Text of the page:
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Market Insight

It’s Real. US Government Bonds That Yield 9%+

Last week inflation hit a 40-year high and there has been much talk recently about its impact on markets and the economy (as we discussed recently here. One way investors can benefit from rising consumer prices is the Series I Savings bond (I-bonds) issued by the US. Treasury. I bonds set their interest rates every six months (in May and November) based on inflation and a fixed rate. Since they are tied to inflation rates, until recently I bonds have flown under...

A Roadmap for Uncertainty

First, the bad news. During this year’s first quarter inflation reached a 40-year high. Russia invaded Ukraine, destroying cities and killing civilians. The bond market had its worst three month stretch since 1980. At one point, the NASDAQ entered bear market territory, while the S&P 500 and Dow both experienced corrections. And, by one common measure, recession is a near certainty.

Reading the Tea Leaves of 2022

It has been said that “far more money has been lost by investors preparing for corrections, or trying to anticipate corrections, than has been lost in corrections themselves”. That sage advice would have come in handy at the turn of 2021. Remember, this year started with a riot on Capitol Hill…during a global pandemic. Following the insurrection, concerns about newly elected President Biden’s proposed tax hikes took center stage, only to later be overshadowed by inflation running at levels not seen since the early 80’s.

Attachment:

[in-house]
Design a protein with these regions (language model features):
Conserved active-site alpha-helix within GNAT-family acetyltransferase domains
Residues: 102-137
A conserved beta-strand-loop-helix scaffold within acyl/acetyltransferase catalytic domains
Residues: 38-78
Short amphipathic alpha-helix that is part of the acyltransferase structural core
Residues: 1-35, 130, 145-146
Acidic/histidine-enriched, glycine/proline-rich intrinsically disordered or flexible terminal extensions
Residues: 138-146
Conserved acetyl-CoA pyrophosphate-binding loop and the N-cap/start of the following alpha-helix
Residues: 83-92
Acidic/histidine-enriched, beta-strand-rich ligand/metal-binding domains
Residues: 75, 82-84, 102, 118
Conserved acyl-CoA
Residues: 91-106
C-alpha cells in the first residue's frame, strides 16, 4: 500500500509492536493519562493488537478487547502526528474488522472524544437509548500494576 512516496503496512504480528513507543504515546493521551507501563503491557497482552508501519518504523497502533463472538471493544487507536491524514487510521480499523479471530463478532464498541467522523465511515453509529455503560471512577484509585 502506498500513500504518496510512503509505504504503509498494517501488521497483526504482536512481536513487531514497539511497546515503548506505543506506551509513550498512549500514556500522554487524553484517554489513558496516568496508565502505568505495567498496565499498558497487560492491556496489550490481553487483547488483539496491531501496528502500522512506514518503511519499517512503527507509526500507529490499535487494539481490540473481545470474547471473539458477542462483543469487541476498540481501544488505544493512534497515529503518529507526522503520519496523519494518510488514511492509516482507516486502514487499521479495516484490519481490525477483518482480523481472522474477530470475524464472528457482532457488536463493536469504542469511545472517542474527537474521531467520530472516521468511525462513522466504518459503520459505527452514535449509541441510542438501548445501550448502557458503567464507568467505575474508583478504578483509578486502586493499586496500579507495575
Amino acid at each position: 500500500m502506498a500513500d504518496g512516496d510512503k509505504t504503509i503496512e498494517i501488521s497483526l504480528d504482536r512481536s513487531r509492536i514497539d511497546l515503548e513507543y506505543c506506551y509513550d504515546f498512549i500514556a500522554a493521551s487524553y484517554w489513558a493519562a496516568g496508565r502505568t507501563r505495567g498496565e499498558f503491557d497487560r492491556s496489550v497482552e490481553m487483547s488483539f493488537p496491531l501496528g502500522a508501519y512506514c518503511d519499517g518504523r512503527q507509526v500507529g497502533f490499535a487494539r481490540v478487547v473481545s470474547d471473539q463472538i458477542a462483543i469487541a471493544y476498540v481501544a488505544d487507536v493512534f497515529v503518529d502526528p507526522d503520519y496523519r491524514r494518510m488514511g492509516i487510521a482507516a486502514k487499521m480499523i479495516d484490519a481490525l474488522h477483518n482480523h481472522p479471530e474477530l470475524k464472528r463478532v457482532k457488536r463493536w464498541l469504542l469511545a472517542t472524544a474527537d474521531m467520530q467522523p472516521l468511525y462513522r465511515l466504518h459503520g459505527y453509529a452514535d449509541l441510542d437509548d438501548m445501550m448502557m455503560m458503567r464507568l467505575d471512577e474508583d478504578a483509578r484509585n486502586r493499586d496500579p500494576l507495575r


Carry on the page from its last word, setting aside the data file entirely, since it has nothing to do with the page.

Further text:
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Anticipating Surprises

Like a worried parent, the financial media is never short on thinking about what can go wrong. Perhaps the anxiety is genuine, or maybe the angst is manufactured because fear inducing headlines get more views. Either way, the headlines often create investor unease, which in turn can affect investor behavior. For the past few months inflation, fear of rising interest rates and tax hikes have been the primary concerns, yet despite some doomsday headlines, the major stock indexes hover near all-time highs.

Is This Another Market Bubble?

Last week, your brother-in-law gave you another great stock tip. He’s been trading a lot over the past few months and doing well. Very well. He is an architect but watches a lot of CNBC and combs social media constantly for great intel. To be fair, the market is at an all-time high, so most investors have done well and have been eager to share their wisdom. These days just about everyone is talking about the stock market and online trading.

Quarterly Newsletter

Lessons Learned: Here's Why The Market Is At All Time Highs

It seems hard to believe, but less than a year ago the words “social” and “distancing” were rarely seen together. Last January talks of the market being overvalued were had on crowded subways in New York City, and discussions of an inevitable rise in interest rates were being forecast by credit analysts on crowded Wall Street trading floors. Remember, entering 2020 the S&P 500 (an index of 500 stocks often used to measure “the market”) was in the midst of its longest run ever without a 20% fall. It was a run that lasted nearly 12 years and saw prices rise over 400% since March 2009. So, of course, while stocks have been up 80% of the time over the past 50 years, it was natural for most of Wall Street’s brightest minds to call for a breather after the past decade’s historic, nearly uninterrupted rise.

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